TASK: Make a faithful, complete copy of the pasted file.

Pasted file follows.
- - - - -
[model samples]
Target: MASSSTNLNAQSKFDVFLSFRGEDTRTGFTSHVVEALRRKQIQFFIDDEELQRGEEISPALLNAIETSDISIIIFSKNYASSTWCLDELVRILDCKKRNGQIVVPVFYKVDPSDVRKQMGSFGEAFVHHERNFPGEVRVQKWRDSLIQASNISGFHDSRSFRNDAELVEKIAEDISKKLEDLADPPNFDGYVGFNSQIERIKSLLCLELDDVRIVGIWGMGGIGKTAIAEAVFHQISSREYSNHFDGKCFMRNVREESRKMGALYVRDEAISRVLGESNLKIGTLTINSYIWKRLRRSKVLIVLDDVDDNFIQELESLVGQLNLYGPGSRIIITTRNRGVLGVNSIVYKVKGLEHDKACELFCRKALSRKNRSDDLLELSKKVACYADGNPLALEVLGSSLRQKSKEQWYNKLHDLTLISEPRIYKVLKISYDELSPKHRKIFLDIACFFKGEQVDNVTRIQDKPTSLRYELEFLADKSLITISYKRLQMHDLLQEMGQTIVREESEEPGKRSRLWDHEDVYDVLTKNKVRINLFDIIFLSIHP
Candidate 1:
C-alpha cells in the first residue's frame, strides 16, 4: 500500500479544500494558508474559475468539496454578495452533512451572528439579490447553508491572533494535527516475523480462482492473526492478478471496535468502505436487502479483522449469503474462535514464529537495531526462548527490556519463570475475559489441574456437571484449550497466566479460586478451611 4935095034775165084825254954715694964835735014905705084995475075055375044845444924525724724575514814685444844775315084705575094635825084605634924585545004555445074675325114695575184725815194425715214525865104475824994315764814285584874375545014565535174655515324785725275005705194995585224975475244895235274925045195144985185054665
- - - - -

[model samples]
Target: MASSSTNLNAQSKFDVFLSFRGEDTRTGFTSHVVEALRRKQIQFFIDDEELQRGEEISPALLNAIETSDISIIIFSKNYASSTWCLDELVRILDCKKRNGQIVVPVFYKVDPSDVRKQMGSFGEAFVHHERNFPGEVRVQKWRDSLIQASNISGFHDSRSFRNDAELVEKIAEDISKKLEDLADPPNFDGYVGFNSQIERIKSLLCLELDDVRIVGIWGMGGIGKTAIAEAVFHQISSREYSNHFDGKCFMRNVREESRKMGALYVRDEAISRVLGESNLKIGTLTINSYIWKRLRRSKVLIVLDDVDDNFIQELESLVGQLNLYGPGSRIIITTRNRGVLGVNSIVYKVKGLEHDKACELFCRKALSRKNRSDDLLELSKKVACYADGNPLALEVLGSSLRQKSKEQWYNKLHDLTLISEPRIYKVLKISYDELSPKHRKIFLDIACFFKGEQVDNVTRIQDKPTSLRYELEFLADKSLITISYKRLQMHDLLQEMGQTIVREESEEPGKRSRLWDHEDVYDVLTKNKVRINLFDIIFLSIHP
Candidate 1:
C-alpha cells in the first residue's frame, strides 16, 4: 500500500479544500494558508474559475468539496454578495452533512451572528439579490447553508491572533494535527516475523480462482492473526492478478471496535468502505436487502479483522449469503474462535514464529537495531526462548527490556519463570475475559489441574456437571484449550497466566479460586478451611 4935095034775165084825254954715694964835735014905705084995475075055375044845444924525724724575514814685444844775315084705575094635825084605634924585545004555445074675325114695575184725815194425715214525865104475824994315764814285584874375545014565535174655515324785725275005705194995585224975475244895235274925045195144985185054665